• Volume-based rebates: Common practice is to negotiate volume-based rebates, especially when the spend trend over the past few years has been inconsistent. This means that either the organization has been leasing short-term hires or there have been far more breakdowns and maintenance issues that haven’t been covered by preventive maintenance and warranty.
  • Discount on the list price for spare parts: Before awarding the contract, procurement should benchmark the spare part rates with other suppliers, and thereby agree on a discount percent of the list price for such spare parts.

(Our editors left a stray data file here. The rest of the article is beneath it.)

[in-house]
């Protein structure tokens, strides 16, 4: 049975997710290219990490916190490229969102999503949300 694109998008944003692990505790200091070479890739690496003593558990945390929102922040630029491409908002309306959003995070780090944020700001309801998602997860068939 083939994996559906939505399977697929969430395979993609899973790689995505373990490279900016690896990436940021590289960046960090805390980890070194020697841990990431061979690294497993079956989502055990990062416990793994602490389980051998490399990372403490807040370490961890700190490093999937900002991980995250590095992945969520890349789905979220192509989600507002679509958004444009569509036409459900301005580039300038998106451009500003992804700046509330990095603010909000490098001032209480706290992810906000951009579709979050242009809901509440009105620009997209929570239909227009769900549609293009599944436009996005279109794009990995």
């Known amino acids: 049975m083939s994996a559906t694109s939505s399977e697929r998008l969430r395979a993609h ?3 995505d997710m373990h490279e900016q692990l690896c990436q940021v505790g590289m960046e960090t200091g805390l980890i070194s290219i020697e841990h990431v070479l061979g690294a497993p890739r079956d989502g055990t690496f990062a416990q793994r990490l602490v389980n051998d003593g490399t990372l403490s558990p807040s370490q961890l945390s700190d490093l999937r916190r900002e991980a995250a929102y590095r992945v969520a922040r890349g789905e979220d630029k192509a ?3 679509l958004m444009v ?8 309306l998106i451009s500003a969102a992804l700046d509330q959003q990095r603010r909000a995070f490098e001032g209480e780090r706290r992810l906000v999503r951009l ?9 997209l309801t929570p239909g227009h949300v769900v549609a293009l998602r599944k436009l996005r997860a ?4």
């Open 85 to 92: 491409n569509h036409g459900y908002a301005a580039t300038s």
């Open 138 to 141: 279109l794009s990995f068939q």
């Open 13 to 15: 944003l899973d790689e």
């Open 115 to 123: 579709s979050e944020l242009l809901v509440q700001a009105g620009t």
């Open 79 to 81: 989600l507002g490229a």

• Discount on the current fleet: When the incumbent supplier is awarded the contract, it typically will agree to a discount on the current fleet in the range of 30%–50%. This can be a significant savings for the duration of turnaround time (approximately eight weeks) when the old fleet is replaced by the new fleet, or while waiting for the end of the contract.

Forklift as a commodity, if sourced properly, can yield 10%–12% in savings without much resistance from the local/internal stakeholders and lower switching costs. However, stakeholder engagement should be consistent throughout the project execution phase and the SLAs should be given the same weight as cost savings.

Voices (3)

  1. Antonio Matarredona:

    Good summary of our work

  2. Steve Ighorimoto:

    Excellent presentation on Forklifts sourcing. Thanks for sharing knowledge.

  3. Johannes Krauss:

    Great insight into a complex topic! Highly appreciated!